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CSotD: Laughter, sometimes uncomfortable
I think we could use a few laughs at the moment, though they needn’t be completely frivolous. Man Overboardas so often is the case, makes a point about our responsibilities and our debts that gets both a chuckle and a sigh.
I’d add, too, that we often see things online about how gentle and thoughtful babies can be with each other, but he’s driven the “What the hell happened to you?” aspect home with a great deal more of an accusation.
If you need more details, Cathy Wilcox goes more deeply into it: It’s not just that the fellow has forgotten the instructions with which he came into this world, but he genuinely doesn’t get it. He’s not only failing to act for the Greater Good, but he’s not even acting in the best interests of his own grandkids.
Australia is currently in a major debate about coal and the environment, but this goes farther than that, because we’re all of us trapped in a world in which, while business owners once hoped to pass their businesses on to their children, today these Leaders aren’t particularly invested in the actual business but, rather, are focused on their portfolios.
They’ll readily trash the companies they’ve built, and the world they’ve built them in, if they can profit from the results.
It’s a variation on that thing about how nobody on his deathbed ever said, “I wish I’d spent more time at the office.”
If all you leave your children is a fortune, you’ve wasted your life.
Meanwhile, Jen Sorensen notes, the unbridled greed with which these amoral portfolios are gathered has damaged a great number of people, her particular example being the results of the current housing market.
This isn’t particularly new. There have been lovely places where help” had to live in the inner towns, while city poverty is not alleviated by factories built at the edge of town, outside a reasonably affordable commute for people who need jobs most.
But as Sorensen suggests, and news reports confirmthe current surge in housing costs are making it hard for low- and middle-income people to live anywhere.
The unemployment rate sits at 3.6%, which sounds good until you realize that it only counts people actively looking for work, not those who have given up or those who have accepted something that doesn’t work for them very well. The whole thing is a lot more complex than simply looking at numbers, or even looking at numbers and holding your breath.
That guy in the fourth panel is lucky the diner is open at all. It’s not clear, here, if the town will have enough people to open the swimming pool this summer, while the Cumberland Farms convenience store had a sign up yesterday that they’d be closing at 3 pm because of a lack of staff.
When convenience stores aren’t open for the 5 o’clock rush, never mind 24-hour service, it almost makes you suspect that trickle-down doesn’t actually work very well.
Let’s shift to more frivolous topics:
Juxtaposition of the Socks
(Half Full – AMS)
(Off the Mark – AMS)
Maybe not quite this frivolous, but this Juxtaposition popped up on my GoComics feed together and in this order, suggesting two chapters in an ongoing story, which made both cartoons funnier.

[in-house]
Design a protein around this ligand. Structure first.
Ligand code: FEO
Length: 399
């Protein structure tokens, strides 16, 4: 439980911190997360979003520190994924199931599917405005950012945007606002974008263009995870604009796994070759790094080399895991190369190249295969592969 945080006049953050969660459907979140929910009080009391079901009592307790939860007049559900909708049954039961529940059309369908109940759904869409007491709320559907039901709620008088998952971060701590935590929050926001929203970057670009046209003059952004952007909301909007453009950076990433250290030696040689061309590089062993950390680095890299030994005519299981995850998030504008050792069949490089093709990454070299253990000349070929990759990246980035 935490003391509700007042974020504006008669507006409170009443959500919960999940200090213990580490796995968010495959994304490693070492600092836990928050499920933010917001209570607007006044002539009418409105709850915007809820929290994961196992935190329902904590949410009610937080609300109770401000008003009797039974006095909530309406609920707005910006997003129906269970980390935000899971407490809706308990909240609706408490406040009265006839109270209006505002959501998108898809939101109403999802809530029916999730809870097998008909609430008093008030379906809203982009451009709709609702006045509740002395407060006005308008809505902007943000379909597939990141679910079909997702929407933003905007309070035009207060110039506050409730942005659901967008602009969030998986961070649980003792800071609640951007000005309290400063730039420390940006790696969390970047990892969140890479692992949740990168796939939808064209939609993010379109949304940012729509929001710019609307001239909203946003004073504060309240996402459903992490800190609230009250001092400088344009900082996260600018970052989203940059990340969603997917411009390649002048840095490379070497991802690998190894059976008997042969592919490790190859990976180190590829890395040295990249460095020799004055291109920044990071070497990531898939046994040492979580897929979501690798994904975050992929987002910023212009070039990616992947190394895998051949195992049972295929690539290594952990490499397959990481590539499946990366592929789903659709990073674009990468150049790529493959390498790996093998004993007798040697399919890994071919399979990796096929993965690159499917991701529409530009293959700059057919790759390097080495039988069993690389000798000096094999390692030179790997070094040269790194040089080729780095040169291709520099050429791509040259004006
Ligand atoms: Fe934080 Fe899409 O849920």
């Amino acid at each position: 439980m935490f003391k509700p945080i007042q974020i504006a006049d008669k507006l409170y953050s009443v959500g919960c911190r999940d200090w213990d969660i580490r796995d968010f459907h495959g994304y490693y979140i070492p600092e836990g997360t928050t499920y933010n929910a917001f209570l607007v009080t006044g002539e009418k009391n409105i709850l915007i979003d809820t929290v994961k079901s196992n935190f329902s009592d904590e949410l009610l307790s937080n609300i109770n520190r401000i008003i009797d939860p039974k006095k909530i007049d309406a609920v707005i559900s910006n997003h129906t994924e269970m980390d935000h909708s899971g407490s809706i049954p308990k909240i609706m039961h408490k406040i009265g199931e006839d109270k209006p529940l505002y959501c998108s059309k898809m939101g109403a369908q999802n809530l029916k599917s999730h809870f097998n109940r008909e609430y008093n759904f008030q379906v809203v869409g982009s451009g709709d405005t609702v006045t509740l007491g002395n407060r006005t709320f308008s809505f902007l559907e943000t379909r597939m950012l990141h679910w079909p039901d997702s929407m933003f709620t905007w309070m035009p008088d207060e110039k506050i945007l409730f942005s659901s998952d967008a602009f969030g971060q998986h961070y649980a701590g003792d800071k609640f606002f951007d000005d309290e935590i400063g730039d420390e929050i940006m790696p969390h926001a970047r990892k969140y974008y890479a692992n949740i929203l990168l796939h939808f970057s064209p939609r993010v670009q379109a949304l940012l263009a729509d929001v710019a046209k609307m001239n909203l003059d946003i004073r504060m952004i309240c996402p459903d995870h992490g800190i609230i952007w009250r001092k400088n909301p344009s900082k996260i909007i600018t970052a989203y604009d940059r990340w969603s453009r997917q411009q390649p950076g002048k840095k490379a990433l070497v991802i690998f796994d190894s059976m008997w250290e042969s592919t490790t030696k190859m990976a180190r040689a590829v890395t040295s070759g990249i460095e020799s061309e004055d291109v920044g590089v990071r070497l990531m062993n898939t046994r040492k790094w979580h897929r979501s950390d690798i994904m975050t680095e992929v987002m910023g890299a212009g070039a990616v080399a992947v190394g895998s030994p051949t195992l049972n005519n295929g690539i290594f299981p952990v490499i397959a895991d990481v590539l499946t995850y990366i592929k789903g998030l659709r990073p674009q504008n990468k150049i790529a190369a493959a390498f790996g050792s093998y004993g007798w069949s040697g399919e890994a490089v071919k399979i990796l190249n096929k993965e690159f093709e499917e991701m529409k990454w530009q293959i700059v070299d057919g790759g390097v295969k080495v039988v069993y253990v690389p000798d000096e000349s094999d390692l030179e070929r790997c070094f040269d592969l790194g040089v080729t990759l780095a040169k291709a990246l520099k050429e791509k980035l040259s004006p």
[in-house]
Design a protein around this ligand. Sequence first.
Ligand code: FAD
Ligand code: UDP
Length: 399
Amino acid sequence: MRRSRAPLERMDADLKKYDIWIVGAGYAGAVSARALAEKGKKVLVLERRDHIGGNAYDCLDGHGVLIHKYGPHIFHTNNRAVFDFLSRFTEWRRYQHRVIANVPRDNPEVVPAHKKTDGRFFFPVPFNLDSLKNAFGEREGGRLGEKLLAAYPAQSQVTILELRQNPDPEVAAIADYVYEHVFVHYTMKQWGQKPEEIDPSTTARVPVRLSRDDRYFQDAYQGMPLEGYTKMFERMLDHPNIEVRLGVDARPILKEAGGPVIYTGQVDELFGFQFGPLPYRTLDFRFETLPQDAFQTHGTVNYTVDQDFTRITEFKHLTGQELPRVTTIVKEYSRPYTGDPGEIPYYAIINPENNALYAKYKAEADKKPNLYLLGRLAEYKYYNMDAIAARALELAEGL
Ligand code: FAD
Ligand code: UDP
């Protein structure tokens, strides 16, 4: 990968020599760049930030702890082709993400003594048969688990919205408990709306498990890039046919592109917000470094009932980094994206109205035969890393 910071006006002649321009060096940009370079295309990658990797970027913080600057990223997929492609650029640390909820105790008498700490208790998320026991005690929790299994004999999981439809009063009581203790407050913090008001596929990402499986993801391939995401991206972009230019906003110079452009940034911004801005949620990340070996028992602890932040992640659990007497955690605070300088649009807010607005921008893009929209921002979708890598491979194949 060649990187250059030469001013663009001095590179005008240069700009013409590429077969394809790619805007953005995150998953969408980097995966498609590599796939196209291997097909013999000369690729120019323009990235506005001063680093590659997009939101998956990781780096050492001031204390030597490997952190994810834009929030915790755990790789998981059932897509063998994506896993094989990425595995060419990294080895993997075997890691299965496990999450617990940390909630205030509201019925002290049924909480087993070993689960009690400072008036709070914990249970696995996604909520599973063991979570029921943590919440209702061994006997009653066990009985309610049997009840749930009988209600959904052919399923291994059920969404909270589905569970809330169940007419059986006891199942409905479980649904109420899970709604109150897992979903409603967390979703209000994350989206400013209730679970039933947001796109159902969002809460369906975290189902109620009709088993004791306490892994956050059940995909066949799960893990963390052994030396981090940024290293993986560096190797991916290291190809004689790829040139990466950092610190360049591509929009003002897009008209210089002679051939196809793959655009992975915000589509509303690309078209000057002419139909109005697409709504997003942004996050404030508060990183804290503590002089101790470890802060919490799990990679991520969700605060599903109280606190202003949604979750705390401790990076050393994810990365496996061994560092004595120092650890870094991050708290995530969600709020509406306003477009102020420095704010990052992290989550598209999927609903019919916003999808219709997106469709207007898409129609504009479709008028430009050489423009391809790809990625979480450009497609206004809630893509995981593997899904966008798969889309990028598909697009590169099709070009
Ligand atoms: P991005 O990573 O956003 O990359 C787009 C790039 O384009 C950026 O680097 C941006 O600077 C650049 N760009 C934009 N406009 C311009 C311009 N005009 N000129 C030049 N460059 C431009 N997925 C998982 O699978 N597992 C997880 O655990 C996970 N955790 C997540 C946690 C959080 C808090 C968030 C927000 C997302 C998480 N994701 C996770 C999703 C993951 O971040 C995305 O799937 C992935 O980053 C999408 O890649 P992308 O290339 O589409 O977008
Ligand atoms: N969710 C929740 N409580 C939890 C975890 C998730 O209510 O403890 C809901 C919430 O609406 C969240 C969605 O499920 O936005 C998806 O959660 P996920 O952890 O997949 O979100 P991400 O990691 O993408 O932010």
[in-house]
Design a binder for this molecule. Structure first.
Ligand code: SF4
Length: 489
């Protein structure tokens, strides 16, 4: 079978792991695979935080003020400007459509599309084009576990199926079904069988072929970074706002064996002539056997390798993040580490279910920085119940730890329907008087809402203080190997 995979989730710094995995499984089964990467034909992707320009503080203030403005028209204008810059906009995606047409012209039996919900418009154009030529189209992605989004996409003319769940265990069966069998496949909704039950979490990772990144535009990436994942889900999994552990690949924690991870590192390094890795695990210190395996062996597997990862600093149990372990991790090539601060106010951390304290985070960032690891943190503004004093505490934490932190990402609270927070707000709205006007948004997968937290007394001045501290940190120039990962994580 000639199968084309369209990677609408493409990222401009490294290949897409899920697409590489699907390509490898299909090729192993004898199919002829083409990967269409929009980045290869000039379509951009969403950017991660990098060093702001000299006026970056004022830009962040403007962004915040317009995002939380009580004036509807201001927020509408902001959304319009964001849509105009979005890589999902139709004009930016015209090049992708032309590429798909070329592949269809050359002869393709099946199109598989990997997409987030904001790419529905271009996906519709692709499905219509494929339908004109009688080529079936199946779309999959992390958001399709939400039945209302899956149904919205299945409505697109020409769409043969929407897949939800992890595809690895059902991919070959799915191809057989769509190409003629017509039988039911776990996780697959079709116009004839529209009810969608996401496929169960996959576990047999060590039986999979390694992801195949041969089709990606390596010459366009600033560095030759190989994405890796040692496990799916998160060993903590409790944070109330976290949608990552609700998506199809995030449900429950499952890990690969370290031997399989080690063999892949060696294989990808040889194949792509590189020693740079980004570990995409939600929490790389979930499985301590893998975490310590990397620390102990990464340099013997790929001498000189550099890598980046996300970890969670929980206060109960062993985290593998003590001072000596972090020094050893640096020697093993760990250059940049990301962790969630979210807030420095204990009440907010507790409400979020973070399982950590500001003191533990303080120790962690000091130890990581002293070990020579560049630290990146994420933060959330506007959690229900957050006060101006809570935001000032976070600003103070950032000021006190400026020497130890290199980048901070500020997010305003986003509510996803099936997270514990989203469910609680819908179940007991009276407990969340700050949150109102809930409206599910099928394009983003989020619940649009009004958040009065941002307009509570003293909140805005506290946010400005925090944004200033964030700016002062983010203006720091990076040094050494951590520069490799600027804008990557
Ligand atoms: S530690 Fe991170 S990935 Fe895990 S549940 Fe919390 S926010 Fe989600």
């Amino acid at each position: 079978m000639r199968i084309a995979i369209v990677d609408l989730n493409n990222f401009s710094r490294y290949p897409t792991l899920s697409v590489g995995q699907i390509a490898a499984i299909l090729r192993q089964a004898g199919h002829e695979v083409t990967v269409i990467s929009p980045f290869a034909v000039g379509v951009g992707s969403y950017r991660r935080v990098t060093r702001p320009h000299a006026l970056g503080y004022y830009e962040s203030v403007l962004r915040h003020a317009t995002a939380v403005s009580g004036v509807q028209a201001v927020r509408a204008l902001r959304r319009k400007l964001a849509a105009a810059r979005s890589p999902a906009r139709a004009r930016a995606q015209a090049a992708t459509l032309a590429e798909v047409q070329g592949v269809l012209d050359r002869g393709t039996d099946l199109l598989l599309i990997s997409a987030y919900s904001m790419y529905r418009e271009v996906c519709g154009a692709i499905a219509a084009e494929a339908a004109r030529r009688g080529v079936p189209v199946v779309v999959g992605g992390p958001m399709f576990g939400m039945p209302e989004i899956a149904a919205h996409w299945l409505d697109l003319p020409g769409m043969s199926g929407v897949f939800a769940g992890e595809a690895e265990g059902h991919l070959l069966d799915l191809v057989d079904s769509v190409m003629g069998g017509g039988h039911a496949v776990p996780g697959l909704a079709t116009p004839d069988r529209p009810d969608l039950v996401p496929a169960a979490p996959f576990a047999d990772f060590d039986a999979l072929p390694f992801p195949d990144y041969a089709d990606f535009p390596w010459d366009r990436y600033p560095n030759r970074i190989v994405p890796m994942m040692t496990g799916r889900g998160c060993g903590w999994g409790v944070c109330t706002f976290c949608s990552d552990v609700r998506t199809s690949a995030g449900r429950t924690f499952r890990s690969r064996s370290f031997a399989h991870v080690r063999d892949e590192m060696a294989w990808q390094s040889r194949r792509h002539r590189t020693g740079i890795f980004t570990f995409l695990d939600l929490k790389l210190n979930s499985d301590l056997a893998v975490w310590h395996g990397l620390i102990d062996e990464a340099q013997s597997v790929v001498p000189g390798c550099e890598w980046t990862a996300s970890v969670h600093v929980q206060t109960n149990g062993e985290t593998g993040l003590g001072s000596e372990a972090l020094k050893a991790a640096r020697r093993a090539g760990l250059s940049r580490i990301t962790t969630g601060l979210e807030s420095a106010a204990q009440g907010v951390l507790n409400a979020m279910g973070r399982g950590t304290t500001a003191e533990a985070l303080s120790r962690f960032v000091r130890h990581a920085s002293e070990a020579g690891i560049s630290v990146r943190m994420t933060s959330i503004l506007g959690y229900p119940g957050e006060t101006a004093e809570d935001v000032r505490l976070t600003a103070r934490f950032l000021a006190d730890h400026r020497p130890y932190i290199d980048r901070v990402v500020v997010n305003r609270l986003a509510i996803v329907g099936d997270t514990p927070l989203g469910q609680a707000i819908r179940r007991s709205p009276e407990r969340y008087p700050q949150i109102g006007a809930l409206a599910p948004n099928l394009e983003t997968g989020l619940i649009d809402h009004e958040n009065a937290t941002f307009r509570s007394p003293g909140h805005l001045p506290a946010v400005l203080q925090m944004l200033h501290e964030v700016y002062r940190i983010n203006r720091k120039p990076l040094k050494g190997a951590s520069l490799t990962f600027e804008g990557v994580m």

And, in my neverending quest to overthink things, I’d point out that Mark Parisi does well to set his cartoon in a laundromat, because if you’re losing socks at home, it’s your own damn fault, while, being a laundromat customer myself, I know the mystery of coming home with a sock I’ve never seen before.
Makes me want to go back and dry some more clothes to see if I can complete the pair.
The Lockhorns (KFS) continues to impress me not only with its evolution from the bickering, hostile tone it once maintained but with a hipness that follows changing times and tech.
This one cracked me up, however, because it reminded me of a time a couple of decades ago, in our first few post-divorce years, when I had a conversation about money with my ex on the phone. Teenage son was sitting at the kitchen table, which made me maintain a very polite tone, right up until the point where I said goodbye in a perfectly calm, rational tone of voice and hung up the phone.
Tearing it off the wall and earning me a “Who do you think you’re fooling?” smrk and head-shake from him.
Only one of several ways in which cell phones fail the ergonomics test.
(Things eventually mellowed out, BTW. You won’t fool the kids, but you can get credit for having at least tried to maintain.)
On a cheerier note, Marc Murphy‘s salute to the 50th Anniversary of Title IX made me smile, because the growth of women’s sports is a major advance in our culture. When I see young girls walking down the street with their ponytails out the back of their ball caps and a lacrosse stick over their shoulders or a soccer ball under their arms, I’m envious of a youth culture that contains such easy-going, joyful confidence.
As for the timing, when our first was on the way, I didn’t feel the need for a boy to carry on the name, but I did worry about how hard I’d have to fight to make sure a daughter got all she deserved.
Fortunately, I wasn’t alone.
Six years later, I was coaching co-ed soccer teams in which some of the little girls were better athletes than some of the little boys. It’s become a world that, while hardly perfect, is far wider than the one I feared we were going to offer them.
It’s not just about the sports themselves. A granddaughter graduated from high school this week, and while she coxed for crew, she is not particularly a jock. What she is, however, is 5’10” and completely mystified when I tell her that, when I was her age, tall girls used to stoop in order to fit in.
I might as well be telling her about whalebone corsets.
I did add, however, that — pop culture stereotypes notwithstanding — cool guys had never been intimidated by tall, confident women.